Take a look at Gandhi or MLK. While we deem their actions as “non violent”, that is certainly not the case. It is a problem with the definition of the word violence. Both and their people, acted out against the controls of power. Through disruption, they were committing an act of “violence” against those on top. Had the G Man or MLK chose to sit at home and meditate on their oneness with everything, they would not had succeed in making a positive change. However imperfect they were as human beings.

      Read the Bhagavad Gita. Krishna basically said this (my paraphrasing): “Take action, don’t run off and hide and don’t be a pussy. You’ll just shame yourself. Play the part you were meant to play.”

      I also like to think about what Derrick Jensen has said about pacifism, and Eastern thoughts. Again, not an exact quote. “Do we criticize the mother bear when she defends her cubs? Isn’t she just being herself, her Buddha nature? It is perfectly ok and natural to defend your cubs.”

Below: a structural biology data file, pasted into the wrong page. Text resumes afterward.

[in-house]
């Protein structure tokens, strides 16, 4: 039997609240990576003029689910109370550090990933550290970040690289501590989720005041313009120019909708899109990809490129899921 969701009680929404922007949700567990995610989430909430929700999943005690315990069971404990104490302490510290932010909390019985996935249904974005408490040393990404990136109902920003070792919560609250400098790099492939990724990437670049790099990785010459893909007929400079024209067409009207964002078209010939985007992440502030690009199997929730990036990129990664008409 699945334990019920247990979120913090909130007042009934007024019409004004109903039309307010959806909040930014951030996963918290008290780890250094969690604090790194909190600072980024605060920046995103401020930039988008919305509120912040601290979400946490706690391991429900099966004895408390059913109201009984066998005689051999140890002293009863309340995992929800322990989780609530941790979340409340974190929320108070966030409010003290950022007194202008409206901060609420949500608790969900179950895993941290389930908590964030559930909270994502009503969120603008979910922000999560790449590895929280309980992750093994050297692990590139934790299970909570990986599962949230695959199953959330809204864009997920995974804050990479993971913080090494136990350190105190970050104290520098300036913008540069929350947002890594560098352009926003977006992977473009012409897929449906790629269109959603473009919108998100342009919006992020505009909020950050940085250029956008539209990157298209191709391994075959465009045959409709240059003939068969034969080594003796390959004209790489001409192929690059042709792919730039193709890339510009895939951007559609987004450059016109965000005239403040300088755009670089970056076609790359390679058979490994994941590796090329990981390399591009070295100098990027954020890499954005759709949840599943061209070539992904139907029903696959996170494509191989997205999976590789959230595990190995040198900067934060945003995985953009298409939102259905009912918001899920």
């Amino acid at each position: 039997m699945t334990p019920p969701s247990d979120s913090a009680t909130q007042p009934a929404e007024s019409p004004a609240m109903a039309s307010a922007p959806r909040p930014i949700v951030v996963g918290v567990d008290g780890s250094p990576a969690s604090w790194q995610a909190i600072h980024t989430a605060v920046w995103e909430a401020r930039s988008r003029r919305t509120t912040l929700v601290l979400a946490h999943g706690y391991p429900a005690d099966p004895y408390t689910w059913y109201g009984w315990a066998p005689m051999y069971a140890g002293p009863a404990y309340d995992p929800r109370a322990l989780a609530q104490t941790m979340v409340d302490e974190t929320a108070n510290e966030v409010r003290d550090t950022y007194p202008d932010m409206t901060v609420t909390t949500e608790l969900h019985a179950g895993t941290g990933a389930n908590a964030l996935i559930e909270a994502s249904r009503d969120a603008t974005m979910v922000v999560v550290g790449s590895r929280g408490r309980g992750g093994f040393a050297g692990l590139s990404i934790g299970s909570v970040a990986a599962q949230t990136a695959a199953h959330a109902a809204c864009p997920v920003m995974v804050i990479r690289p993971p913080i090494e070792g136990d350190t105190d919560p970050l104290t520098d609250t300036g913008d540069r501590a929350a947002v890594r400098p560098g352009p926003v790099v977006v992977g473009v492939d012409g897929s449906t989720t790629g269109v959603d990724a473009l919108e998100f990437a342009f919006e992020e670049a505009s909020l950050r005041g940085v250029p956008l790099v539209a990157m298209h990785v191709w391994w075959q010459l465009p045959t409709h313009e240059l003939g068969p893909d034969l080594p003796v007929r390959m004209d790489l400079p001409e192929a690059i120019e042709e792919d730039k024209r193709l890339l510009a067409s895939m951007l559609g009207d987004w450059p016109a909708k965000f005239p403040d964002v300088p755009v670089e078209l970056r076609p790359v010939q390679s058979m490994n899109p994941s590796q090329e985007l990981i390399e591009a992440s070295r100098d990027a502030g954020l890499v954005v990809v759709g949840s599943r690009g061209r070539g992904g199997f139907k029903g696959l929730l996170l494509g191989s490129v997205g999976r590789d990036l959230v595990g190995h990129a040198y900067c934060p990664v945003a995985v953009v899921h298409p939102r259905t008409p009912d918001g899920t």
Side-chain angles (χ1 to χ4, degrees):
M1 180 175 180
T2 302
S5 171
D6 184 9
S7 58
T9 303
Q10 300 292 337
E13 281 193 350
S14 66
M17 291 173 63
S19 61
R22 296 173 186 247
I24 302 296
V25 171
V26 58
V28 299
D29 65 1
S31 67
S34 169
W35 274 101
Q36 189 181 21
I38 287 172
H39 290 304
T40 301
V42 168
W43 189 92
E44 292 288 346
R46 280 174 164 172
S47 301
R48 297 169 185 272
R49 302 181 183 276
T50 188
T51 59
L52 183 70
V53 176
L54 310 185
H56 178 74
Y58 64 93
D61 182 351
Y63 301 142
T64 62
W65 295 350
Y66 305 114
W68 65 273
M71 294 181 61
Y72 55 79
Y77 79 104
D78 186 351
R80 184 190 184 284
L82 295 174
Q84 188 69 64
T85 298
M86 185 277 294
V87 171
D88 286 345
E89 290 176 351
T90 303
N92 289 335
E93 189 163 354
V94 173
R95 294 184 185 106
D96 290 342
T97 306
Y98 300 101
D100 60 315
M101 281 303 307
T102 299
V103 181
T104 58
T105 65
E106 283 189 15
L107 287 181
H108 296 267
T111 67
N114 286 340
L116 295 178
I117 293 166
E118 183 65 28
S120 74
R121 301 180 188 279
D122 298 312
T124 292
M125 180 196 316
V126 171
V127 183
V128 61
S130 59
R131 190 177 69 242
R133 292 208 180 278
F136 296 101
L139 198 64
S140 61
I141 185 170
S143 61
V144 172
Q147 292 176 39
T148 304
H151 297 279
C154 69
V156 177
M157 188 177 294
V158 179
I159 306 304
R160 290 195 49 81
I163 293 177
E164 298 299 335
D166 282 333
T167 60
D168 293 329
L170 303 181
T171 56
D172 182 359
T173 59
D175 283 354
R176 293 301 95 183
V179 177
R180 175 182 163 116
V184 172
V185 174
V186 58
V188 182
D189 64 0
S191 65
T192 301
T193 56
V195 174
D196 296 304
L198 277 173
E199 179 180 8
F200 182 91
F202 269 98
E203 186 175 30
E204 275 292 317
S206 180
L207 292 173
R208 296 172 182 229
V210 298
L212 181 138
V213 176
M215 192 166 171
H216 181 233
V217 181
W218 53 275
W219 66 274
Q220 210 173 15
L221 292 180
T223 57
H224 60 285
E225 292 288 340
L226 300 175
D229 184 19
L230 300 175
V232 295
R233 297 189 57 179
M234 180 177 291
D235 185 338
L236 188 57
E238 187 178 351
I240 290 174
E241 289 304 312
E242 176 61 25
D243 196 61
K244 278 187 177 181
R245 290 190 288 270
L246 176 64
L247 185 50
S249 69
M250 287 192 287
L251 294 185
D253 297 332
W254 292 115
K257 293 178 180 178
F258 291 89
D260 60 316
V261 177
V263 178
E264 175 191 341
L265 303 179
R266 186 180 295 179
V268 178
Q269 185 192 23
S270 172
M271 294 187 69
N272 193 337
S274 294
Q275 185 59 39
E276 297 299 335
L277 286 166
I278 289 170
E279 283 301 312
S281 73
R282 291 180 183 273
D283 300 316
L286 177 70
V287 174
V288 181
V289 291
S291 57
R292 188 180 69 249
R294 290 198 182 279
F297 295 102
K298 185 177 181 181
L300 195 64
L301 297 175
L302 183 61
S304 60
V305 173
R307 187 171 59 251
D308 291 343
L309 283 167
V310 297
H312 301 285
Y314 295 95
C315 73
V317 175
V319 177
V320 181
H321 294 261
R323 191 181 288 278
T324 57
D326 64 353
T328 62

New Age, Eastern thought driven pacifism is a tool created by the elites, to keep free thinkers docile and under control. Never forget that. Even if the truth is we are all one. You still might have to play your part.

      • kulturcritic says:

        I don’t question your scepticism, Hamsterfist, but what exactly would you propose doing to save the planet right now, and for what purpose. Is your action and recommendation not itself a product in some respects of the elites; aren’t you not in a reactionary mode, providing the system with further momentum; is that not in the structure of the system? But, the more important question is what are you trying to save? Obviously, I believe in some form of protest; after all that is why I blog. Maybe we all have these hidden hopes of conquest; of overcoming the enemy. best, sandy